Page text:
Saturday’s protest was organised by a splinter faction of the Forces for Freedom and Change (FFC), a civilian alliance which spearheaded the anti-Bashir protests and became a key plank of the transition.
“We need a military government, the current government has failed to bring us justice and equality,” said Abboud Ahmed, a 50-year-old protester.

The government’s supporters charged that the protest was orchestrated by sympathisers of the Bashir regime, which was dominated by Islamists and the military.
Protesters chanted “one army, one people” and “the army will bring us bread.”
“We are marching in a peaceful protest and we want a military government,” said housewife Enaam Mohamed.

Outside the presidential palace, the protesters chanted: “We will stay put where we are ... we want the dissolution of this government.”
Hamdok warned on Friday that the transition was facing its “worst and most dangerous” crisis.
The mainstream faction of the FFC said: “The current crisis is not related to dissolution of the government or not.
“It is engineered by some parties to overthrow the revolutionary forces ... paving the way for the return of remnants of the previous regime.”

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10-JUN-2019 :: The ‘’zeitgeist’’ of the Revolution in Khartoum was intoxicating.
Africa



As I watched events unfold it felt like Sudan was a portal into a whole new normal.
Hugh Masekela said ‘’I want to be there when the people start to turn it around.’’ Sudan is a Masekela pivot moment.

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Malawian President Lazarus Chakwera expects to clinch a new financing deal with the International Monetary Fund in four to six months to help kick-start an economic revival. @business Next Africa
Africa


The accumulation of about $6 billion of debt is “choking the life out of an economy like ours,” with a large proportion of the budget going toward interest payments and civil servant wages, the president said in an interview.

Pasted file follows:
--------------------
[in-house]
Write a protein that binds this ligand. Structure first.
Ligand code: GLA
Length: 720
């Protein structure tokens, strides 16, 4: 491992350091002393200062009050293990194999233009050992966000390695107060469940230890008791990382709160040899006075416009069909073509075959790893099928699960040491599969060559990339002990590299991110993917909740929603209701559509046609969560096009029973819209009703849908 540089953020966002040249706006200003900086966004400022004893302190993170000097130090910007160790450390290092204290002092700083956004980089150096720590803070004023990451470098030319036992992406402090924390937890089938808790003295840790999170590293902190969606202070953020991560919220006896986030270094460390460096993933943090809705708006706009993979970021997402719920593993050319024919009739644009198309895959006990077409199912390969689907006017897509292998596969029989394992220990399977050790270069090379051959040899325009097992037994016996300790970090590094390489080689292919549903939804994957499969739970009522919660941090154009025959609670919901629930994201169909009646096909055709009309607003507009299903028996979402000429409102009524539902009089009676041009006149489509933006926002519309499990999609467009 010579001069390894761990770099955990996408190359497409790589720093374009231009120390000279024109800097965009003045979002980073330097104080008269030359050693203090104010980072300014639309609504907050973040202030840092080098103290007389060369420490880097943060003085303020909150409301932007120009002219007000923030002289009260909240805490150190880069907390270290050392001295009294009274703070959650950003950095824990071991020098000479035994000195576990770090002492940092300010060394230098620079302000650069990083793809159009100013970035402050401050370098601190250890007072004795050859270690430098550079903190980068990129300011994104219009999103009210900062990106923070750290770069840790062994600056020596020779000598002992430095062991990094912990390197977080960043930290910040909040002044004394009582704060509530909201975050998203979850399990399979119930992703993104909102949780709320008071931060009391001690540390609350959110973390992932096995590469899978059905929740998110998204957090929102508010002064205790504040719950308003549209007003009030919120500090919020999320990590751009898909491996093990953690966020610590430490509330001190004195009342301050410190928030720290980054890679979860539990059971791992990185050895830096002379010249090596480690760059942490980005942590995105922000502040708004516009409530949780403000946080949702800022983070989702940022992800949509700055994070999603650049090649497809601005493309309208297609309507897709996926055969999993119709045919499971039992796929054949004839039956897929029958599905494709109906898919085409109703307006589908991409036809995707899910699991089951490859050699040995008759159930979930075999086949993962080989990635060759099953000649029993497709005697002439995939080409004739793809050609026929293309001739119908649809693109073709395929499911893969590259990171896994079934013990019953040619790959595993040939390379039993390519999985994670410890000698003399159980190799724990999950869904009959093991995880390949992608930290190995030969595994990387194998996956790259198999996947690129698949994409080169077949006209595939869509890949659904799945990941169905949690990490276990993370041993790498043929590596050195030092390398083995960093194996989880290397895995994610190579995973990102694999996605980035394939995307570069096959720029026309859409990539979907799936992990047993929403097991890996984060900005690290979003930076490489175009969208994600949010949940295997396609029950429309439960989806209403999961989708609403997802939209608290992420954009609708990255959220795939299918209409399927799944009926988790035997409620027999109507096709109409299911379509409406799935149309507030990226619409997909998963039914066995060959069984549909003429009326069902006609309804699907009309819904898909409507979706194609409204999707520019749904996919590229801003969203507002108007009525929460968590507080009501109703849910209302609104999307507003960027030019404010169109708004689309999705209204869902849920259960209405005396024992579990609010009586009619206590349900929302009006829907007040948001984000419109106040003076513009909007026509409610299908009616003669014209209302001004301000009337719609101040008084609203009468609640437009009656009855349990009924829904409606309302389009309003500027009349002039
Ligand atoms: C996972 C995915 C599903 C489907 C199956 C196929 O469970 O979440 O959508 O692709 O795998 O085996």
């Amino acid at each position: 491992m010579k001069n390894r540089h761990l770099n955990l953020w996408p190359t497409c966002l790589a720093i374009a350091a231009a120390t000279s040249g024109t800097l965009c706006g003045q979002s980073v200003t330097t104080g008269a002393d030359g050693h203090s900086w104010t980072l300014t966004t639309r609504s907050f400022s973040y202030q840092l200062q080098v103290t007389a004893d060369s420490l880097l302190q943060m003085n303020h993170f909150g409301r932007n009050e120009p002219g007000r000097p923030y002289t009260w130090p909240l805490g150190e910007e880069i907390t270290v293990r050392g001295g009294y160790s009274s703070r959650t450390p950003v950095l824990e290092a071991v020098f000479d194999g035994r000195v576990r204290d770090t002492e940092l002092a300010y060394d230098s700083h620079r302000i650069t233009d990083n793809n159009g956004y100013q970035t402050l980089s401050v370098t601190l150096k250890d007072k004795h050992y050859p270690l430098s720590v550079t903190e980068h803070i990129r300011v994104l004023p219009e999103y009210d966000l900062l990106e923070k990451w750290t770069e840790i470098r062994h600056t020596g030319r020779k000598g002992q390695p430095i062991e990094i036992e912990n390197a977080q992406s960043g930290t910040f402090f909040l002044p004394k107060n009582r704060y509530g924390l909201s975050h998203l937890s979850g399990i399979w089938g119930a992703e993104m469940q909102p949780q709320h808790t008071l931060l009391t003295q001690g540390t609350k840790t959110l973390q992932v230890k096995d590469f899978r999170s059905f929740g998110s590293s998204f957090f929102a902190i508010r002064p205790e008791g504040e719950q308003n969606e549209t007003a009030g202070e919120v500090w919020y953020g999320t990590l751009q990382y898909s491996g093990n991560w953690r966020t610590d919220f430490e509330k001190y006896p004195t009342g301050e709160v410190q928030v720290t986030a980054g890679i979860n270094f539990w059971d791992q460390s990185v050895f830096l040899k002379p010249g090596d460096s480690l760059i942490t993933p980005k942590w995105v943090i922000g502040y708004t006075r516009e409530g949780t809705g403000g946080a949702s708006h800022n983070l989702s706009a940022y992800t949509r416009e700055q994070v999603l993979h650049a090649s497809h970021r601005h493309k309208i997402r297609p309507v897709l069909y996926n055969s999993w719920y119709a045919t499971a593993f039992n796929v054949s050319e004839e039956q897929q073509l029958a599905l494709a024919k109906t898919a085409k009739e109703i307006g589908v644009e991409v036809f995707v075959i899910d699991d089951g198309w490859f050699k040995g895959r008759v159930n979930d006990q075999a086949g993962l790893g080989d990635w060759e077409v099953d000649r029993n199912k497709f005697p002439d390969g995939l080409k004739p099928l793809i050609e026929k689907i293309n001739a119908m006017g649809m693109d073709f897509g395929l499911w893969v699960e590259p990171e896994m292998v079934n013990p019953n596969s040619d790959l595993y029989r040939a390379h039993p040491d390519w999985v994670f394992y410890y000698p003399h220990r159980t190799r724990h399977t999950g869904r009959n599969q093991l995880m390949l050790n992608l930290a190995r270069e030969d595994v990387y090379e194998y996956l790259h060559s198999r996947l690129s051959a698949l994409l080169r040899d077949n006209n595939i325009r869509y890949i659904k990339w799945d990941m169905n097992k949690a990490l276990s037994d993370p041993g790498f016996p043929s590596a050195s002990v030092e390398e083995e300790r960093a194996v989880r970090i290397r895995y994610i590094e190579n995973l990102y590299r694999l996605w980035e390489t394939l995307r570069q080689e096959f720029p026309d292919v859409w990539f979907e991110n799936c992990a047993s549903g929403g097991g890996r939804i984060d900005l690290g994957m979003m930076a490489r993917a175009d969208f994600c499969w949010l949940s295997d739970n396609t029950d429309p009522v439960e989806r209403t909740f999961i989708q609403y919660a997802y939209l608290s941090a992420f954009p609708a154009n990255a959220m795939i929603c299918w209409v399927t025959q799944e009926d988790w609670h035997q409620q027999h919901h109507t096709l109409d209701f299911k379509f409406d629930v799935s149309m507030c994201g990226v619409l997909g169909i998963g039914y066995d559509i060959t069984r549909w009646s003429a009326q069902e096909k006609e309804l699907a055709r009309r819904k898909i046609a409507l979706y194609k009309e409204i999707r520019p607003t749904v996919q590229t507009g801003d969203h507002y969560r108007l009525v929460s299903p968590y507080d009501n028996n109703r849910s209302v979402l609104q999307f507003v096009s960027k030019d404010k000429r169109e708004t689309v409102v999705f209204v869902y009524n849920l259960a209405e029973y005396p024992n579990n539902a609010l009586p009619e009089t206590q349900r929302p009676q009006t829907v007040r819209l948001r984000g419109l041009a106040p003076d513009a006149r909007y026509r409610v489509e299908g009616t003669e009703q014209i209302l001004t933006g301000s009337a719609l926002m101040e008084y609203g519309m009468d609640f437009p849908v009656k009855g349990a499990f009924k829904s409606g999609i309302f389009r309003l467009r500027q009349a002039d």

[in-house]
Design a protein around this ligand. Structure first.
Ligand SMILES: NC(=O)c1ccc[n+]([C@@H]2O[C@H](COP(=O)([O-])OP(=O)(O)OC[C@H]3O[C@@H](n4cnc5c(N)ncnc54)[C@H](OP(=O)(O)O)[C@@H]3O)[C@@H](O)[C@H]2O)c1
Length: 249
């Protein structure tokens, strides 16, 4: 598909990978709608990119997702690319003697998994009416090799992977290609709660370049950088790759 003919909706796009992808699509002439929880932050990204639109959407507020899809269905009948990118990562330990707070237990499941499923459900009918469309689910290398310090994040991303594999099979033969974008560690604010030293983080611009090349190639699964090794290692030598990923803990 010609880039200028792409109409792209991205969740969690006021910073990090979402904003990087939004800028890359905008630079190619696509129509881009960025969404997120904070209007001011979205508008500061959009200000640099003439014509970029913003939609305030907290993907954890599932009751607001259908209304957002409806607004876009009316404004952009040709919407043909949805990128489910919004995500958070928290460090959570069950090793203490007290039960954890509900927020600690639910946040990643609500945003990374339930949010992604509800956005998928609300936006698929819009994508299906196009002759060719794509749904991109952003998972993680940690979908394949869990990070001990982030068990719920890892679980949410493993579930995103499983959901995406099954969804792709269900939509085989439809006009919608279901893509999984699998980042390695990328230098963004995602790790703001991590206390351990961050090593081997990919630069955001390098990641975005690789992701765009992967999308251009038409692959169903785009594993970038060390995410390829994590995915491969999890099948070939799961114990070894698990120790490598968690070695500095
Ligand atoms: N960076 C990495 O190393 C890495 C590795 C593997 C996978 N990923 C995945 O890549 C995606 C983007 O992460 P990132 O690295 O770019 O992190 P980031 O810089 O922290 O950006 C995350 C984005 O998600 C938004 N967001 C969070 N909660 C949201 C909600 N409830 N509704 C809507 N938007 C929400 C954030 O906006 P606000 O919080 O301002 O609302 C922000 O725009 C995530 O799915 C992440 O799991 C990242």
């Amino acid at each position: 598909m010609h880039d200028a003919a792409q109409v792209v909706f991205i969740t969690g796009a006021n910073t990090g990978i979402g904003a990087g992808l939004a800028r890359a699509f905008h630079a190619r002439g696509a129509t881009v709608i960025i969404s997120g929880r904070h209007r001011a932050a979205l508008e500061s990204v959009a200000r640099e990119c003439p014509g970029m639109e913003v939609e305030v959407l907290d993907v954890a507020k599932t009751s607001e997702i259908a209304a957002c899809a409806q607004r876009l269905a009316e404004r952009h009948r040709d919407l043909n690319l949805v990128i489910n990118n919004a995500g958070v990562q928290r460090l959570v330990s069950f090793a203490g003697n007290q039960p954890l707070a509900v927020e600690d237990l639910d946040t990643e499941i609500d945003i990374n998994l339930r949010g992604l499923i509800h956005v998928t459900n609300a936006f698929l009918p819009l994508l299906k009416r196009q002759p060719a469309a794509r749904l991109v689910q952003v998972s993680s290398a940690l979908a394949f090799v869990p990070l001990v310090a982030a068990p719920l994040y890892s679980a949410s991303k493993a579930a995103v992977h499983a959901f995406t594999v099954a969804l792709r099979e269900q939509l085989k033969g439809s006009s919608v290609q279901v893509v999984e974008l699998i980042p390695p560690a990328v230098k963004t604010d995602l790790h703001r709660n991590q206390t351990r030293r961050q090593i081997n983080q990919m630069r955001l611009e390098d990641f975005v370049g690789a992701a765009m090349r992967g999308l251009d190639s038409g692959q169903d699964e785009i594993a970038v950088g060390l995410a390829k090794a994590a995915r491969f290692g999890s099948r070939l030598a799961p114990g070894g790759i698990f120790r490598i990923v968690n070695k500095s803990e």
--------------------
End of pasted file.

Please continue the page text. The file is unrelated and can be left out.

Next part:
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But Abiy Ahmed may find that even if he does win, and that isn’t a foregone conclusion given the setbacks suffered in recent months, the victory may be Pyrrhic. @business Next Africa
Africa


Ethiopia’s prime minister has begun a fresh offensive against rebel forces from the Tigray province.
But Abiy Ahmed may find that even if he does win, and that isn’t a foregone conclusion given the setbacks suffered in recent months, the victory may be Pyrrhic.
When the premier launched what he said would be a swift retaliatory strike against his opponents in the restive northern region almost a year ago, few could have imagined how quickly the reputation of the Nobel Peace Prize winning leader would unravel.

The war rekindled Ethiopian ethnic tensions beyond Tigray and has embarrassed the prime minister. 

After initial successes the regional capital of Mekelle was retaken by rebels.

Perhaps more importantly, it has thrown his vision for Ethiopia’s economic future into disarray.
The conflict has drawn international condemnation. The U.S. has warned it may impose sanctions following a report that the national airline transported weapons to Eritrea for use in the fighting in Tigray. 

United Nations Secretary-General Antonio Guterres also described Ethiopia’s decision to expel UN representatives as “particularly disturbing.”
The Horn of Africa nation as recently as last year had strong ties with the U.S. and had been one of Africa’s fastest growing economies. 

21. It’s now joined a club of nine countries whose dollar bonds trade at a spread of more than 1,000 basis points over U.S. Treasuries, while interest in its long-awaited sale of telecom licenses has dwindled.
When he reflects on the conflict, Abiy may wonder: Was it really worth it?

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Another blow to Abiy, #TDF #tigray succeeded completely defeating z Abiy army for z 2nd time on all sides in terms of fighting in z Amhara & Afar regions! @BashirHashiysf
Africa

These are newly captured prisoners of ENDF   This is z second time  TDF destroyed #Ethiopian federal army in less than a year

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9-JUL-2021 :: His Army has been defeated and now he is sending conscripts to slaughter whilst his Adversaries are fighting for their existence.
Africa